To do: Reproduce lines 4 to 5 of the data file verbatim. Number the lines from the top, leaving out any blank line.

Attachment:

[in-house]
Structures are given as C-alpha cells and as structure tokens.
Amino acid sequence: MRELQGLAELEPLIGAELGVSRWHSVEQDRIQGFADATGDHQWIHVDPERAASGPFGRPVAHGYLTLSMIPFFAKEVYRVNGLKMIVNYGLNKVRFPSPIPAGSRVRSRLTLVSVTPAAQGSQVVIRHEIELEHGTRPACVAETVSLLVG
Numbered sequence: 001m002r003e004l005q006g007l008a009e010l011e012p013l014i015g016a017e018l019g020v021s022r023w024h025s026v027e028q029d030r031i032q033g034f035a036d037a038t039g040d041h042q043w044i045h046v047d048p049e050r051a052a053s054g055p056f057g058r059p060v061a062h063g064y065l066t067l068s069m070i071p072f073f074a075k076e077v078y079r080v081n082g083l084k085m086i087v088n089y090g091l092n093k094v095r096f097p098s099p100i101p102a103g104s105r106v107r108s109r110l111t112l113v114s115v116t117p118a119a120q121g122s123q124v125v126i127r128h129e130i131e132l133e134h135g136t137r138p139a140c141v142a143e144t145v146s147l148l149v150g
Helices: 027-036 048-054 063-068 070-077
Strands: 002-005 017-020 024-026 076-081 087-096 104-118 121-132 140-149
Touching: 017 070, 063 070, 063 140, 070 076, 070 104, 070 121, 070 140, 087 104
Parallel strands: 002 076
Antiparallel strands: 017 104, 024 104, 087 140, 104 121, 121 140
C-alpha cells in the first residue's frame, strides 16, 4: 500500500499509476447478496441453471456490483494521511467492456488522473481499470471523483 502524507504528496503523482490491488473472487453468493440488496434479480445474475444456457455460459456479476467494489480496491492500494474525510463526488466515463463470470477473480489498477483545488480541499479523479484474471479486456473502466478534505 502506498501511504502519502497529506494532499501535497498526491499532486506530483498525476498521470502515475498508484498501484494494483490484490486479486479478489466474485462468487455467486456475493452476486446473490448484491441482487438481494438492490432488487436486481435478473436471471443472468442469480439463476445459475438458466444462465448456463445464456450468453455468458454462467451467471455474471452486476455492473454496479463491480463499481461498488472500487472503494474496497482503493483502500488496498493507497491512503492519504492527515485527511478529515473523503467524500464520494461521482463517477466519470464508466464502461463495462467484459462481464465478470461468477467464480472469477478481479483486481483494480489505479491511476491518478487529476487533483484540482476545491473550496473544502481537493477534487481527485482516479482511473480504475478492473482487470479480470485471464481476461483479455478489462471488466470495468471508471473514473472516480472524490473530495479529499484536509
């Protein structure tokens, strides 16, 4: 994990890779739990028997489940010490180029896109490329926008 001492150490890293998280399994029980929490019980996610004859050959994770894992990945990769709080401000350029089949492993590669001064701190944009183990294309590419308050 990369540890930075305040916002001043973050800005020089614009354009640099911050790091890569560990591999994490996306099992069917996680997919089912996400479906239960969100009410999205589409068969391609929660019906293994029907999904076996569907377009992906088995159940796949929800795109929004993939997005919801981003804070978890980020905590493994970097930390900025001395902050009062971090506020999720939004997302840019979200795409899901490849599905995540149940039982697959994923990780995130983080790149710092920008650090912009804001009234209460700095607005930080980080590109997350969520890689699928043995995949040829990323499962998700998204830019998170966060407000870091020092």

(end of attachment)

Numbered sequence: 001m002r003e004l005q006g007l008a009e010l011e012p013l014i015g016a017e018l019g020v021s022r023w024h025s026v027e028q029d030r031i032q033g034f035a036d037a038t039g040d041h042q043w044i045h046v047d048p049e050r051a052a053s054g055p056f057g058r059p060v061a062h063g064y065l066t067l068s069m070i071p072f073f074a075k076e077v078y079r080v081n082g083l084k085m086i087v088n089y090g091l092n093k094v095r096f097p098s099p100i101p102a103g104s105r106v107r108s109r110l111t112l113v114s115v116t117p118a119a120q121g122s123q124v125v126i127r128h129e130i131e132l133e134h135g136t137r138p139a140c141v142a143e144t145v146s147l148l149v150g
Helices: 027-036 048-054 063-068 070-077